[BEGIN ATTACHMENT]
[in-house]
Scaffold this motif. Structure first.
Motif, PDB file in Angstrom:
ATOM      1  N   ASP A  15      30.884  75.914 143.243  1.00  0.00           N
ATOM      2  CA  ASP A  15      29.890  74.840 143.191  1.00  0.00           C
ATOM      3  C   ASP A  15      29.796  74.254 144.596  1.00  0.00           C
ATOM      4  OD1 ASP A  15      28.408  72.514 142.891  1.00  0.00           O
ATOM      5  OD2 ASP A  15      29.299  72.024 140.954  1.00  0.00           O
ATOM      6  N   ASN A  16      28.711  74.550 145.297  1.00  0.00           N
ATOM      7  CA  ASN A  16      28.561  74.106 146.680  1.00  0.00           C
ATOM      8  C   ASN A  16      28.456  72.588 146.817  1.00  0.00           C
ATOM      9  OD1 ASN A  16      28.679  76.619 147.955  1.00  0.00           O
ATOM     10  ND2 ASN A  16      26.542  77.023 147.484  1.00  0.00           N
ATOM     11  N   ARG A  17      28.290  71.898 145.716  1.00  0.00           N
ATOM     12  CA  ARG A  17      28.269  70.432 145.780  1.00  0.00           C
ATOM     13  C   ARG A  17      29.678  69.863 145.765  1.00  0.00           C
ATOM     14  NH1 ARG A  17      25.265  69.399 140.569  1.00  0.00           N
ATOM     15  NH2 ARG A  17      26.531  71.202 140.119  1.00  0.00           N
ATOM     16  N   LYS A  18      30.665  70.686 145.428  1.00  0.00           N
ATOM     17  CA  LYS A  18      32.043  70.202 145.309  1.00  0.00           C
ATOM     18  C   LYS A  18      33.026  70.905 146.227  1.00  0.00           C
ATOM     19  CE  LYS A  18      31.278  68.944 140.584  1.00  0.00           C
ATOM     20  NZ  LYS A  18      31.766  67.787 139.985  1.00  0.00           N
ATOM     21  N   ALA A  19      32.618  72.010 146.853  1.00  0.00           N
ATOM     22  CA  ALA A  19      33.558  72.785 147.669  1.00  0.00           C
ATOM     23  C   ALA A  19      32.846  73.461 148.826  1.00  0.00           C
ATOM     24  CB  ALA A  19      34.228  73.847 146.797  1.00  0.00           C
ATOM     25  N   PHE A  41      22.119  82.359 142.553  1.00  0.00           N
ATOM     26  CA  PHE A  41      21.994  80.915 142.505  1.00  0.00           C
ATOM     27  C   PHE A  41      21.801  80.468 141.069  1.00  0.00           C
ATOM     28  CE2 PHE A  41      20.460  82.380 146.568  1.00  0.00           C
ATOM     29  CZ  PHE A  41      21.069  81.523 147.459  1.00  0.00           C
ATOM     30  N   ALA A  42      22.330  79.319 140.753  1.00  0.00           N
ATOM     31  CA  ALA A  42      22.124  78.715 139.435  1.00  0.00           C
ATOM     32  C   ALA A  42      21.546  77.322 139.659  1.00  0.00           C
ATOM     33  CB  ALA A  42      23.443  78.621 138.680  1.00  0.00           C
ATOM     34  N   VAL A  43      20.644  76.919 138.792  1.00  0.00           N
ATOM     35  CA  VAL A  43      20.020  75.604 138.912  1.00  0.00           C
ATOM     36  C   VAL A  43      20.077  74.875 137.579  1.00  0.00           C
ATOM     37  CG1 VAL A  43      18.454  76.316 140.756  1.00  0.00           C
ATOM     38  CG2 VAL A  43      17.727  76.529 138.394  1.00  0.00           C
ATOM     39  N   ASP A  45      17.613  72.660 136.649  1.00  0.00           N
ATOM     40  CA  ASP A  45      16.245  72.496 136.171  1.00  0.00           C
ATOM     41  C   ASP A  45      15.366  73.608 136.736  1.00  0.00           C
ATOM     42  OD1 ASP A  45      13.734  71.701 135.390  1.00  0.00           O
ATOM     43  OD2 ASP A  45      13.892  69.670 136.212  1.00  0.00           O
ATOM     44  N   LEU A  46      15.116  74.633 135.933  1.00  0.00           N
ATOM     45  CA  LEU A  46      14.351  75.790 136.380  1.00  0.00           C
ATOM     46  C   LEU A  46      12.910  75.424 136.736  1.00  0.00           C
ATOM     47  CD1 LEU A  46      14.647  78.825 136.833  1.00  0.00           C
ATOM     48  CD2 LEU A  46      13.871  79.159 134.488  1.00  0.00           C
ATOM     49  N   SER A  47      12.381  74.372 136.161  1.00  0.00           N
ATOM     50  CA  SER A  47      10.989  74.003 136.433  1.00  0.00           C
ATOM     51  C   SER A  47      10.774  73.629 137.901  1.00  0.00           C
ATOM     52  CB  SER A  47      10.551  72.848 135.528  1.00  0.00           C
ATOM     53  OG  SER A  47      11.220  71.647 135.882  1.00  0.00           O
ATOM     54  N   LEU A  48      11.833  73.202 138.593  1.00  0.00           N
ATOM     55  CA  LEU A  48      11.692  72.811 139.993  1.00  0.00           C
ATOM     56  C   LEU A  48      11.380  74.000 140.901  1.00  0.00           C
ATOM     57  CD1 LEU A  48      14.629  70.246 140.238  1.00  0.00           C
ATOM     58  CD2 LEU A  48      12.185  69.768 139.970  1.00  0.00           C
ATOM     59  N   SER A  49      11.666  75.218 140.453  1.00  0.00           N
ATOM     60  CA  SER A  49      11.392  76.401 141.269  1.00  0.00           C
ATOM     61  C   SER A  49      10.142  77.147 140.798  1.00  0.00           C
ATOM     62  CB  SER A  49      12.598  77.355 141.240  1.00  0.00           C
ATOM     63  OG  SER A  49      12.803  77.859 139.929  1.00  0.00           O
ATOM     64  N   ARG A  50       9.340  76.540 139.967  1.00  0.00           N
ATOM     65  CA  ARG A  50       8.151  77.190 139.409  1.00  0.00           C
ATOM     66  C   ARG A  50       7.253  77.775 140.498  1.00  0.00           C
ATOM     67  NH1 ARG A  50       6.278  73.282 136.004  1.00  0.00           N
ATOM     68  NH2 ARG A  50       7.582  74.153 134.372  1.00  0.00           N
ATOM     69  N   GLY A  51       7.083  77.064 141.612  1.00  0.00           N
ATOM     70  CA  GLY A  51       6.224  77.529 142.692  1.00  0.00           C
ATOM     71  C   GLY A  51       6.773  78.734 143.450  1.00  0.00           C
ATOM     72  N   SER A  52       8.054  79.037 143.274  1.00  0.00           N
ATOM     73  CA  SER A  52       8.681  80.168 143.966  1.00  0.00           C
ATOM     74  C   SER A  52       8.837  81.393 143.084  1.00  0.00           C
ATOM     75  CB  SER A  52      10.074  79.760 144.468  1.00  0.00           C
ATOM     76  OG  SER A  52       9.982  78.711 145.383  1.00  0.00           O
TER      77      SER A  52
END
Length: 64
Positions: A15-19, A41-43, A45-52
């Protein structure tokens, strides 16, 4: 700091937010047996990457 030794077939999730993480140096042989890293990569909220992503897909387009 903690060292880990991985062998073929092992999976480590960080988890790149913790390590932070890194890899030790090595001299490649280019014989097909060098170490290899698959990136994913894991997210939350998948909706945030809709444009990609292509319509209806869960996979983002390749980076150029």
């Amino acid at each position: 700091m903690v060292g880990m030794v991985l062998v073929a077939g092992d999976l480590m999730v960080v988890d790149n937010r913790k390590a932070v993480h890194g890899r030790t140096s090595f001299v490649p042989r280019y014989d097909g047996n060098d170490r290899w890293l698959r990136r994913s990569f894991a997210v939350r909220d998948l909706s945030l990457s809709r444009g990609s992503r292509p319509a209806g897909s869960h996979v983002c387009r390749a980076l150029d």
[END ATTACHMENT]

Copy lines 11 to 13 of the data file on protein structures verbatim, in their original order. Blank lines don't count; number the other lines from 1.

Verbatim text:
ATOM      8  C   ASN A  16      28.456  72.588 146.817  1.00  0.00           C
ATOM      9  OD1 ASN A  16      28.679  76.619 147.955  1.00  0.00           O
ATOM     10  ND2 ASN A  16      26.542  77.023 147.484  1.00  0.00           N